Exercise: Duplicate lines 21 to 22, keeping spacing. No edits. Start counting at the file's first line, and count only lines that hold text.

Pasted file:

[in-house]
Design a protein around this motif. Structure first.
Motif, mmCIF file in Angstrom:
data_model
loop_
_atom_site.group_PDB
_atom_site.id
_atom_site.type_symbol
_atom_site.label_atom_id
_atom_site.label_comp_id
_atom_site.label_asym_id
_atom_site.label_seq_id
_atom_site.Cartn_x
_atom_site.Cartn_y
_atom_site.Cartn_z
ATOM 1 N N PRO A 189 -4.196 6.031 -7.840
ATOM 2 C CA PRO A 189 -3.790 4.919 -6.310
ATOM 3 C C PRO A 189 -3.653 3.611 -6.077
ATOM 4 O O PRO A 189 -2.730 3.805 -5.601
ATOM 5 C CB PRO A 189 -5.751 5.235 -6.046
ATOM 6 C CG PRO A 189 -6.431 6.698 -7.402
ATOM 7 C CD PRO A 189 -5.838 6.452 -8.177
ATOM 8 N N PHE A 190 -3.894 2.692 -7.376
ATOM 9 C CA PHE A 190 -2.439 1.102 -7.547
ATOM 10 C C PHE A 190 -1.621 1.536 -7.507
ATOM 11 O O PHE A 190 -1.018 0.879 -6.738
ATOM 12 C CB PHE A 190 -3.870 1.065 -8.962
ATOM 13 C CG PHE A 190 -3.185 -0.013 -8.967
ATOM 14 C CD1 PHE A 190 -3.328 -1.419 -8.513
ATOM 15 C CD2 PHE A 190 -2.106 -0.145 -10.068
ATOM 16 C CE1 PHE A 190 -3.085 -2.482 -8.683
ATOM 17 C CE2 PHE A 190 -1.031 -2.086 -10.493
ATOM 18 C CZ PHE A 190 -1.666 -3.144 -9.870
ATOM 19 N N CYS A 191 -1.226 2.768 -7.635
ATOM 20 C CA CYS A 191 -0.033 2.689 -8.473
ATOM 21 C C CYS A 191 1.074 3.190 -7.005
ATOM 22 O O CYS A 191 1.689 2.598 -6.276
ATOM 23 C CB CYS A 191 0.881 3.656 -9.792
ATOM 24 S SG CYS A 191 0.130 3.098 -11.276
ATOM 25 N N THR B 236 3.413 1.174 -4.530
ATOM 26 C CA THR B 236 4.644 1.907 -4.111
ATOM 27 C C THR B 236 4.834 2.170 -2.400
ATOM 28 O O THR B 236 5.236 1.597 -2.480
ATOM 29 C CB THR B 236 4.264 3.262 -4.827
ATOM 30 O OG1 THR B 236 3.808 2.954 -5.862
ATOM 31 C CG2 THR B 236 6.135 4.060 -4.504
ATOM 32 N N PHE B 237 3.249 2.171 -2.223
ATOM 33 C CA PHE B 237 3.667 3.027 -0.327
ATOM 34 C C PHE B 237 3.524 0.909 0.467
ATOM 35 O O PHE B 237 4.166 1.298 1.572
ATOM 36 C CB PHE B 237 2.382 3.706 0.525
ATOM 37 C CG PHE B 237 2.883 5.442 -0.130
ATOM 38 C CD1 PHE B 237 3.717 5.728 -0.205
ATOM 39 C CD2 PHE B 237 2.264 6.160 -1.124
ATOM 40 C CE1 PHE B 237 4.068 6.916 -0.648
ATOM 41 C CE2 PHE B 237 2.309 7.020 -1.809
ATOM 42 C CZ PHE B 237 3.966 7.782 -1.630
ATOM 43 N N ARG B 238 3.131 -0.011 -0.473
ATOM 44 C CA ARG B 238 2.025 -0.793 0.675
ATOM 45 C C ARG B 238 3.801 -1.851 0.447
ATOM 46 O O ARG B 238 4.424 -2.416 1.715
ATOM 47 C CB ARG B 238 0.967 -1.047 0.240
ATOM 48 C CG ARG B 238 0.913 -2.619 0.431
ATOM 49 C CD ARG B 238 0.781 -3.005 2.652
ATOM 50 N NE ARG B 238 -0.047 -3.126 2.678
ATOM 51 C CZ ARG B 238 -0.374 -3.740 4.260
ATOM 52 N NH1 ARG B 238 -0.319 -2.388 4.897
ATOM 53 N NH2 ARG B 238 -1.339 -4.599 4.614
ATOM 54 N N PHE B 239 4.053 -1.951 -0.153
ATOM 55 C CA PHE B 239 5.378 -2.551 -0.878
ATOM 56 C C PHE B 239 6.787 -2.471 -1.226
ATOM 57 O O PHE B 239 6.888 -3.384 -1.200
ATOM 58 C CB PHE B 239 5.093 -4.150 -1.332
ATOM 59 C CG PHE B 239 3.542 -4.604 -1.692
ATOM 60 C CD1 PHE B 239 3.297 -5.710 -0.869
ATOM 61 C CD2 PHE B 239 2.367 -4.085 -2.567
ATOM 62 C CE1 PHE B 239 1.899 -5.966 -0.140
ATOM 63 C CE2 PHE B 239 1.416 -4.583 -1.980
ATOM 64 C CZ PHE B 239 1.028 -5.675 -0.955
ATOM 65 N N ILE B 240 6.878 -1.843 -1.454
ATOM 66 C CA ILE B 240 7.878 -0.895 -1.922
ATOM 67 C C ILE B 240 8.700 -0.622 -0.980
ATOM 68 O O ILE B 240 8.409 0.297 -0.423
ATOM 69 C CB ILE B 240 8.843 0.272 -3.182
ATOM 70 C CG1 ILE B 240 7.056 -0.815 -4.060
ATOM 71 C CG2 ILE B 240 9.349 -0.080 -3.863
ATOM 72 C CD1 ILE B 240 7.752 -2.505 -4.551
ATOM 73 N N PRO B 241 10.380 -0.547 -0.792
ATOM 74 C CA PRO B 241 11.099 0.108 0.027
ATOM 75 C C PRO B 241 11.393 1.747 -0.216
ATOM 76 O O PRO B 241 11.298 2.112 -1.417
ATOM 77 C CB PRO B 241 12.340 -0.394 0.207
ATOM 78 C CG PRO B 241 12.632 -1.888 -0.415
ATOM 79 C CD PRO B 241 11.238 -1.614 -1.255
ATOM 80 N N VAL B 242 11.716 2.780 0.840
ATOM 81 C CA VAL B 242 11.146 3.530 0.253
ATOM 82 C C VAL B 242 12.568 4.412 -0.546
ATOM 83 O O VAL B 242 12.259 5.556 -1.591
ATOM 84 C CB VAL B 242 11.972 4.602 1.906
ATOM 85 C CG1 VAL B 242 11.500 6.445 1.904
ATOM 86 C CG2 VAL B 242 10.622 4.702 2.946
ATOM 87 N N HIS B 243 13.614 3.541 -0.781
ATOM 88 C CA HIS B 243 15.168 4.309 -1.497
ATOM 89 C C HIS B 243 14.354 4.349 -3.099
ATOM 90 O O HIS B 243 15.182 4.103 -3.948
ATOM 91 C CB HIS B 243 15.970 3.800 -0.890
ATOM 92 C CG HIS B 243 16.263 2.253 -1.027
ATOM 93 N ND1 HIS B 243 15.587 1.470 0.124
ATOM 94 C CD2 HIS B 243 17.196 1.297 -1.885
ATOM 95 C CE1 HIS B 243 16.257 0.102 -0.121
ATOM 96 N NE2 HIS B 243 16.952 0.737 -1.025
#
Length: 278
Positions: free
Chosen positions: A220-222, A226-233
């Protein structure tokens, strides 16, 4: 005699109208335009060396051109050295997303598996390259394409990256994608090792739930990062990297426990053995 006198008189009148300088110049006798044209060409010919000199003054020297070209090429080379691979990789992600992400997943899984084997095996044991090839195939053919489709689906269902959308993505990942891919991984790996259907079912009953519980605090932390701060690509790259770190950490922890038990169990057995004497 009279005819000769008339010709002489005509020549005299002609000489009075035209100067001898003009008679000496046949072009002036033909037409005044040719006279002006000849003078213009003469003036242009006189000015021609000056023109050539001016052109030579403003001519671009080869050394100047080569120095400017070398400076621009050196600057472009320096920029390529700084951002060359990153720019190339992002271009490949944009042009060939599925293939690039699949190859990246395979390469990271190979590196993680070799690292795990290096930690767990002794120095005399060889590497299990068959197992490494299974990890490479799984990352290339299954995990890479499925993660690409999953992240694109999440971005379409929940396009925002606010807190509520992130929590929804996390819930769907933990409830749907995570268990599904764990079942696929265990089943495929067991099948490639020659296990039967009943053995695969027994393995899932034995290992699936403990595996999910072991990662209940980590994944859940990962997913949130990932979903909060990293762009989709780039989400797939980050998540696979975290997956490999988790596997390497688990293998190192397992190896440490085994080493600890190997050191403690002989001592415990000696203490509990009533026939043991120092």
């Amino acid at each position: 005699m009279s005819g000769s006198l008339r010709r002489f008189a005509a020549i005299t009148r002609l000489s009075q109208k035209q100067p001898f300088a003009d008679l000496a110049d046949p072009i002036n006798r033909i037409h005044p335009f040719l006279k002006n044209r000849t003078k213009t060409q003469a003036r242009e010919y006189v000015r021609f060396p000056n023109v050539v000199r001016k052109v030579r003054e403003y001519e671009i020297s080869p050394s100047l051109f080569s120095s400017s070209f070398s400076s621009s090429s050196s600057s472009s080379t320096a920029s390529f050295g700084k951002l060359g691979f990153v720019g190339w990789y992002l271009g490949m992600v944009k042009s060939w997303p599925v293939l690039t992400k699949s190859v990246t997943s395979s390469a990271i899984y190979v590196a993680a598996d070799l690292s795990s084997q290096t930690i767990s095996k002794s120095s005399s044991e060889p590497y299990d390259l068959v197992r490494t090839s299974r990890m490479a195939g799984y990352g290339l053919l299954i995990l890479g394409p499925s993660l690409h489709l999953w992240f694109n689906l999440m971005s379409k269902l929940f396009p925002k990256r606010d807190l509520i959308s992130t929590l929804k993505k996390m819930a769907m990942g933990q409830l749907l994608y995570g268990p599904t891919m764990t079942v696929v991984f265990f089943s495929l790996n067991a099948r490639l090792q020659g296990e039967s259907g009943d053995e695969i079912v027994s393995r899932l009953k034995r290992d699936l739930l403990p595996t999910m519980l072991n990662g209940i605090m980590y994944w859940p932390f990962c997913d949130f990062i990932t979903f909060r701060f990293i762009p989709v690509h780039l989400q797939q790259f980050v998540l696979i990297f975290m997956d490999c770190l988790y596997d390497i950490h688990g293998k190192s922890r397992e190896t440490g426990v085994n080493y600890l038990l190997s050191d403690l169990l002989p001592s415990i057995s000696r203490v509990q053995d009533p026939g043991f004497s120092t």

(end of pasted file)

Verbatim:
ATOM 6 C CG PRO A 189 -6.431 6.698 -7.402
ATOM 7 C CD PRO A 189 -5.838 6.452 -8.177